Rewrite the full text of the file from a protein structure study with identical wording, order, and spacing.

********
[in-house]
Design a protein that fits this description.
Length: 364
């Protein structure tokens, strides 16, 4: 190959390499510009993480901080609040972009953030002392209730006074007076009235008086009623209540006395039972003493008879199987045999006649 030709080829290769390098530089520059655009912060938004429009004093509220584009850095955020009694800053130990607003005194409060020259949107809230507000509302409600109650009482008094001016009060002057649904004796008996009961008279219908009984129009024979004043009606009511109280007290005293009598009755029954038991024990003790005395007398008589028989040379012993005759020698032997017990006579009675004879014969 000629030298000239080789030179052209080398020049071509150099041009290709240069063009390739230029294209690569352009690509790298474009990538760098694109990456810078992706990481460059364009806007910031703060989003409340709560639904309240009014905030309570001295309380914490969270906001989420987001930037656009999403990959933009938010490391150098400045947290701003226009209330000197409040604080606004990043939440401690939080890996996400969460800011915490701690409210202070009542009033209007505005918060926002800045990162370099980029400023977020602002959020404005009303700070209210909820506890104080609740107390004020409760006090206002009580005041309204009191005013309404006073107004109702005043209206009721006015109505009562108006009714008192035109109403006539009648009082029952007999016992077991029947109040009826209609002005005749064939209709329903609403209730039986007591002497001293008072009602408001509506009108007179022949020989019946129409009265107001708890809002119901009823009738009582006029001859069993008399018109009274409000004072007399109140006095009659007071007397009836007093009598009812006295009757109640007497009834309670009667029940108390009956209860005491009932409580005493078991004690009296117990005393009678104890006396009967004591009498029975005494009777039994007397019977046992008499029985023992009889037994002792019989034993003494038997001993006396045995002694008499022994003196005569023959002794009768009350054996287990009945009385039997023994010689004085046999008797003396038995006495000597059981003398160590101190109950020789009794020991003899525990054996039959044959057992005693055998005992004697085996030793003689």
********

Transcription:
[in-house]
Design a protein that fits this description.
Length: 364
């Protein structure tokens, strides 16, 4: 190959390499510009993480901080609040972009953030002392209730006074007076009235008086009623209540006395039972003493008879199987045999006649 030709080829290769390098530089520059655009912060938004429009004093509220584009850095955020009694800053130990607003005194409060020259949107809230507000509302409600109650009482008094001016009060002057649904004796008996009961008279219908009984129009024979004043009606009511109280007290005293009598009755029954038991024990003790005395007398008589028989040379012993005759020698032997017990006579009675004879014969 000629030298000239080789030179052209080398020049071509150099041009290709240069063009390739230029294209690569352009690509790298474009990538760098694109990456810078992706990481460059364009806007910031703060989003409340709560639904309240009014905030309570001295309380914490969270906001989420987001930037656009999403990959933009938010490391150098400045947290701003226009209330000197409040604080606004990043939440401690939080890996996400969460800011915490701690409210202070009542009033209007505005918060926002800045990162370099980029400023977020602002959020404005009303700070209210909820506890104080609740107390004020409760006090206002009580005041309204009191005013309404006073107004109702005043209206009721006015109505009562108006009714008192035109109403006539009648009082029952007999016992077991029947109040009826209609002005005749064939209709329903609403209730039986007591002497001293008072009602408001509506009108007179022949020989019946129409009265107001708890809002119901009823009738009582006029001859069993008399018109009274409000004072007399109140006095009659007071007397009836007093009598009812006295009757109640007497009834309670009667029940108390009956209860005491009932409580005493078991004690009296117990005393009678104890006396009967004591009498029975005494009777039994007397019977046992008499029985023992009889037994002792019989034993003494038997001993006396045995002694008499022994003196005569023959002794009768009350054996287990009945009385039997023994010689004085046999008797003396038995006495000597059981003398160590101190109950020789009794020991003899525990054996039959044959057992005693055998005992004697085996030793003689």